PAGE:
Firmly-grounded blogger Jessica Fox audited a clinic with the master himself last week and reports back to us on the experience, replete with Perez Hilton-style photos.
Who cares that I had lost all ability to make it over an oxer, even if someone promised me a pony? That the last time I’d jumped anything (outside of logs on the trail) was around the same year Fishbone and the Rollins Band were Lollapalooza headliners? Or that for the last few years I’d been doing my best to ride dressage?
There was a George Morris clinic at a neighboring barn, and I was auditing it. So, together with my friend Julie (an ex-barrel racer), I got up extra early on a freezing 45 degree (I know. I’ll turn in my east coast membership card now) California morning for a clinic pre-ride, then headed to Middle Ranch.
After gawking at the horses in an open ring (all beautiful and beautifully ridden), we made our way to the covered arena.
And there he was. George Morris. I’m not gonna lie. I felt a bit fangirl squealy.
Then, as if urged by the same mysterious force that sends birds south for the winter, the riders began circling the ring, and he began to speak (or growl, rather) through a bullhorn’s handheld microphone.
My pencil sprung to the ready. Like most riders, I’d heard of the funny, harsh remarks for which (along with being the Yoda of hunting/jumping disciplines) George Morris is known.
Sure, those came, but the truth is he was kind, gruff, and very astute. The man didn’t miss a thing – even across a morning-dim indoor arena. And though he did serve up a few caustic bombs, they were dropped when riders were not listening to direction, changing anything or generally not paying attention.
The clinic was, in many ways, a reiteration and education on how to ride:
- “There are two cardinal sins of riding. Hit the horse in the mouth. Hit the horse in the back.”
- “Watch you don’t get stick happy.”
- “Look ahead people, look ahead!”
- “If your horse hesitates, leg, not seat. Leg.”
- “I don’t care for seat riding.”
- “You push the horse to the bit. You do not pull the horse to the bit.”
- “You have to use both legs to bend a horse.”
- “The horse must listen to you. Not the birds or the bees or the golf carts outside the arena.”
He also talked a lot about the riders counter-bending or over-bending their horses. Which, along with many of his other points, I hear from my (amazing) dressage instructor, Jill Warren Pond, who shows impressive fortitude while coaching me over and over and over again to stay straight.
Video courtesy of Jessica’s ex-barrel racer friend Julie
But, it wasn’t all rainbows and unicorns. The man did occasionally lose patience:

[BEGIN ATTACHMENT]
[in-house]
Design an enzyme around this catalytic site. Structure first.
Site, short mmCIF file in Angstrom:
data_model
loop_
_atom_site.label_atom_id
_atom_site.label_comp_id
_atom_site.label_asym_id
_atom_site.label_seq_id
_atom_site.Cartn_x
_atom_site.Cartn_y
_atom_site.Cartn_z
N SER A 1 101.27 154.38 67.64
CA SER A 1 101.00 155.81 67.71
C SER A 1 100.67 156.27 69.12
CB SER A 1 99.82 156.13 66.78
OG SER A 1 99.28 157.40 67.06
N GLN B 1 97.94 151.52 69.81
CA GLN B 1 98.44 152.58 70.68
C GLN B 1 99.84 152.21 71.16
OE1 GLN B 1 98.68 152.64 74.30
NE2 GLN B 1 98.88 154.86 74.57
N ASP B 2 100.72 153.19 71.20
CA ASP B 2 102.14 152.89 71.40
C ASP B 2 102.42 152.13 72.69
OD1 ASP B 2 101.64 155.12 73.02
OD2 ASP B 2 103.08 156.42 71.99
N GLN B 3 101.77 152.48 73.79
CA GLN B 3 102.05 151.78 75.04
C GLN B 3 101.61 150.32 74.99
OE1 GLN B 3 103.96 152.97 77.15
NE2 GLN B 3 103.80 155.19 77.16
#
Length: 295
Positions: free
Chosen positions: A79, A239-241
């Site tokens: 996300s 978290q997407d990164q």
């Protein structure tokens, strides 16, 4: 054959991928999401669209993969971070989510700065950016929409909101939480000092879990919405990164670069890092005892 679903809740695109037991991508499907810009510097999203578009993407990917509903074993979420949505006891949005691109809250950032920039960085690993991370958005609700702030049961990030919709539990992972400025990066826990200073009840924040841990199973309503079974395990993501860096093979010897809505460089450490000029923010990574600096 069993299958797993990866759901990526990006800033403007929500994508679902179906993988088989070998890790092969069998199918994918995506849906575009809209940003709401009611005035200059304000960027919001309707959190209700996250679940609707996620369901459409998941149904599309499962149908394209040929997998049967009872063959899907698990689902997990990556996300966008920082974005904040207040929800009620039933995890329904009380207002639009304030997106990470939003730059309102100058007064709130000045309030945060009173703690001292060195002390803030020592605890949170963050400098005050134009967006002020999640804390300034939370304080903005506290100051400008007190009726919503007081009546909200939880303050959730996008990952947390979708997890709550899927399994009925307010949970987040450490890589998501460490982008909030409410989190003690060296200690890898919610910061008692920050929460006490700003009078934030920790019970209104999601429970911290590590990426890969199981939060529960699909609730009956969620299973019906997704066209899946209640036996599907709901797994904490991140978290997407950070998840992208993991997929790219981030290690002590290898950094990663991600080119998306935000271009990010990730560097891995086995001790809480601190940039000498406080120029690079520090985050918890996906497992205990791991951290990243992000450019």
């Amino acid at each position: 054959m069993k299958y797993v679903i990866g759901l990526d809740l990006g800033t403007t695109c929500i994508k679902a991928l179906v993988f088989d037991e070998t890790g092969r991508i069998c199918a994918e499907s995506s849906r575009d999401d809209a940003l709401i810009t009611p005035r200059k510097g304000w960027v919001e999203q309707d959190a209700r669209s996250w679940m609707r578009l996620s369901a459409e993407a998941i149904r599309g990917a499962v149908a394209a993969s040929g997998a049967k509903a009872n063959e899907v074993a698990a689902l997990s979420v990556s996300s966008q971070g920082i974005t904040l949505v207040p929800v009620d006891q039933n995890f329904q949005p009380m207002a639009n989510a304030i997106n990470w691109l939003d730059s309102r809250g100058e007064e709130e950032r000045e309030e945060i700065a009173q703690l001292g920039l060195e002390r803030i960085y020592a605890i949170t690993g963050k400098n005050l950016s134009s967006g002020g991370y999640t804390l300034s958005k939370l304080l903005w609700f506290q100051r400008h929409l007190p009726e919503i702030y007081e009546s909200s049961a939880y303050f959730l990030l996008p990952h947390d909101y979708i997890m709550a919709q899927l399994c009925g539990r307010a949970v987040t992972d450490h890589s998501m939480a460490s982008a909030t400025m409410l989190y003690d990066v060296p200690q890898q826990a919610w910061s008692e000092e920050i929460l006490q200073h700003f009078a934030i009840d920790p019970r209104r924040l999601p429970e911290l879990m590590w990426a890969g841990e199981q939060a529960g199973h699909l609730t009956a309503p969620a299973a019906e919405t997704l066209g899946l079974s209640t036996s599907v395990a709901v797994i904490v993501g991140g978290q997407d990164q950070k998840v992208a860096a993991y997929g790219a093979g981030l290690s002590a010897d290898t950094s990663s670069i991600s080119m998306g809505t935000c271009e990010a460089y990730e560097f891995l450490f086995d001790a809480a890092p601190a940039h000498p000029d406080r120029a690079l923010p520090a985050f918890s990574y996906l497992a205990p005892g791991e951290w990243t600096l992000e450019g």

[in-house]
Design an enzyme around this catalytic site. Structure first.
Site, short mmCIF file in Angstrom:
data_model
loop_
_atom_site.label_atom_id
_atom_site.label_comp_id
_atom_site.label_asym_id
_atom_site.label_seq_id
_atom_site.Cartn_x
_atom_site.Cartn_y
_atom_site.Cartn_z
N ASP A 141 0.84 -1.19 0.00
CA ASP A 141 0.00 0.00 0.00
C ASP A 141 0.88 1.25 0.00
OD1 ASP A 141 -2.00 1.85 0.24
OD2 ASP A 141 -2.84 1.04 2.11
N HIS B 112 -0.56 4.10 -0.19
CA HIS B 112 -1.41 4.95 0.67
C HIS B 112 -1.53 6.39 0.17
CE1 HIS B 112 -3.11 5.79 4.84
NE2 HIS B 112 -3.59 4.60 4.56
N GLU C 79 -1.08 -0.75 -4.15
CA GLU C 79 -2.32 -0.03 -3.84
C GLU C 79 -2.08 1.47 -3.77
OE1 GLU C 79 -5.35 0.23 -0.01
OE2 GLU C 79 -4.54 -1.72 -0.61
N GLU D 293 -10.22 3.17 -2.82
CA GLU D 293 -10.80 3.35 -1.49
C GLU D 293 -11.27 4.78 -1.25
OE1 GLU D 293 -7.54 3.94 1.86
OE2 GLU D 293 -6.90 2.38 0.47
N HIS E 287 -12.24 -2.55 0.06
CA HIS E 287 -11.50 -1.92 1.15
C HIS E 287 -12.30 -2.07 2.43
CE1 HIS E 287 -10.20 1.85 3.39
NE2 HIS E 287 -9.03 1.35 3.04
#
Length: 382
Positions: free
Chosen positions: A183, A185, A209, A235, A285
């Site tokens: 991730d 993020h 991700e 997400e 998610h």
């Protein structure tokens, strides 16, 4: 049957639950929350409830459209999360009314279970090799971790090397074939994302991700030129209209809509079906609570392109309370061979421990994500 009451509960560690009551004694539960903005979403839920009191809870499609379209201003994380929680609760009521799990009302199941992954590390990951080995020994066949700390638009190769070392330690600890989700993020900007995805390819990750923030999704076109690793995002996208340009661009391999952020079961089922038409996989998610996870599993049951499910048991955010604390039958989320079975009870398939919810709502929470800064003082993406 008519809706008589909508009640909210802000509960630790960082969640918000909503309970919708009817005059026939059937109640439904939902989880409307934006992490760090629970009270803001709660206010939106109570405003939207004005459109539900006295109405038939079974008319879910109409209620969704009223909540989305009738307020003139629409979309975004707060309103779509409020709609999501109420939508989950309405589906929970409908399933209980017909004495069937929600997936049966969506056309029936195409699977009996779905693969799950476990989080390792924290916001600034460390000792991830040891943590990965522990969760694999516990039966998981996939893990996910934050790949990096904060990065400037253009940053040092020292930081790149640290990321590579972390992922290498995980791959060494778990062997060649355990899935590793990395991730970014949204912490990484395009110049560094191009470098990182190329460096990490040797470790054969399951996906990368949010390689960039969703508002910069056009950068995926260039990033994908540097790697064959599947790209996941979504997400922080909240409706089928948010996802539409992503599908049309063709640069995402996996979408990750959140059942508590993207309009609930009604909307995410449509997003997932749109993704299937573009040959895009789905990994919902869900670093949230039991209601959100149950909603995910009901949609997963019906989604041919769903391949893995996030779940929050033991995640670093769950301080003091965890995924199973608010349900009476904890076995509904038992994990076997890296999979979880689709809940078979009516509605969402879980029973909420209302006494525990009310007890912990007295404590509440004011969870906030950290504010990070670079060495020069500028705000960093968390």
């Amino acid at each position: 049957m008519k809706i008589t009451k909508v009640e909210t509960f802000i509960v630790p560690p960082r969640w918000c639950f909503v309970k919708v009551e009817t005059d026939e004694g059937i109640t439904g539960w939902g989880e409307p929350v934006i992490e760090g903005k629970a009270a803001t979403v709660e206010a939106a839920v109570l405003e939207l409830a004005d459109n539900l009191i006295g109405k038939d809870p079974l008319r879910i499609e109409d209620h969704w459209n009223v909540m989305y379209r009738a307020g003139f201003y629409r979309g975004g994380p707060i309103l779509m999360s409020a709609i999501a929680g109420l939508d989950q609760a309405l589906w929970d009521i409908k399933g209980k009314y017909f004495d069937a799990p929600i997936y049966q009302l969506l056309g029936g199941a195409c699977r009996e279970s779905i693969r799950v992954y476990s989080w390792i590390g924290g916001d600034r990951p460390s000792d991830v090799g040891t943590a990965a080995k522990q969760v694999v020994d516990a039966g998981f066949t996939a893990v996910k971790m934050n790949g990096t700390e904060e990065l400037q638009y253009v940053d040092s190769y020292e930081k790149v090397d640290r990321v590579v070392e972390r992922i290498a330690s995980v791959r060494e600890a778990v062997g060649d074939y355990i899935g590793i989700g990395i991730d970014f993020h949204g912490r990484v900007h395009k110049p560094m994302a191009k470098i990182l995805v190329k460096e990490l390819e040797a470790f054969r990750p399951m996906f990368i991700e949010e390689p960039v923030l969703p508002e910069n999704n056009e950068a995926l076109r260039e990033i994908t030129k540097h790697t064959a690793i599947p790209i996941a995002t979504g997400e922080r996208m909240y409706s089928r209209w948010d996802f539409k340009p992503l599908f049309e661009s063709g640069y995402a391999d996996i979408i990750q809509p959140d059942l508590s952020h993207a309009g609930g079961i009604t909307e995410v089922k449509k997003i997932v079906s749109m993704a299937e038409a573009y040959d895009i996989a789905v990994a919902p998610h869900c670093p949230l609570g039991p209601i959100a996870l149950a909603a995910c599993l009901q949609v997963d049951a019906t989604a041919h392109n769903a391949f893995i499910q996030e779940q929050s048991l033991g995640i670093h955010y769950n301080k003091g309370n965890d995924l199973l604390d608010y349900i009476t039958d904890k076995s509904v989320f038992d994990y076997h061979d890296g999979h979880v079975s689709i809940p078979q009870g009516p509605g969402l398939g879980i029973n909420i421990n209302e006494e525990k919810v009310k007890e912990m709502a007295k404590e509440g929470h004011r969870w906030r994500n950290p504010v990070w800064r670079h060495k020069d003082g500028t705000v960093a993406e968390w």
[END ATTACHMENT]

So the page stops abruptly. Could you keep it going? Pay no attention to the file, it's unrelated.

- “When he is spooky, don’t let him stop and stare like a bleating sheep!”
- “Stop, stop. I can’t look at that right stirrup anymore.” (This after repeated requests for the rider to change her iron’s position.)
- To the same rider: “I hate that stirrup position. You’re a very intelligent woman, but I hate that stirrup!”
- “When I say sit the trot, I mean Sit. The. Trot!” (Everyone was blithely posting though he’d asked for sitting trot twice.)
- “You totally missed that cavaletti because you weren’t watching the others. You’re not shaaaarp.”
- “She’s a kisser. She doesn’t know how to cluck. X, go show her how to cluck right.”
- “Your stirrup has a life of its own.”
- “You ride beautifully, but it’s eye catching, that stirrup position.”
- “You’re nice, I like you, but you’re a control freak, am I right?” (This after intoning mantra-like to let her horse goooo as she rode the course.)
- “Shhh, spectators. It’s very distracting, all that yapping.”
- “If I were you, I would slither out of the ring, get my helmet and slither back… if I were you. The point of slithering is no one watches you. So. If I were you, I’d slither there, get that hat, and slither back!” (When one of the resident trainers, who, when commanded to mount a rider’s horse, explained he didn’t have his helmet. Another helper schooled the horse.)
The best part was when G.M. commandeered a clinic rider’s mount (give me your horse!), hopped on, and proceeded to trot and canter around (no stirrups! too-small saddle! strange horse!) easy as pie. No flailing. No bouncing. Nothing. Together, he and the horse just kind of floated along. The skill, ease, and balance demonstrated was extraordinary.
I’d hoped to see a legend in action, and got that… and then some. Sitting there in a sunlit corner of Middle Ranch’s covered arena, I caught an inspiring glimpse of greatness and was reminded that good riding is good riding, no matter the discipline.
About the Author: Jessica Fox is a freelance writer and novelist-in-training who dreams of the day she can sit a trot without flailing about. She currently lives in Los Angeles, CA where she writes as much as possible to feed her increasingly voracious horse-habit and almost rides Dressage. Read previous “Riding the Second Time Around” columns on Horse Nation and visit her website at www.foxywrites.com
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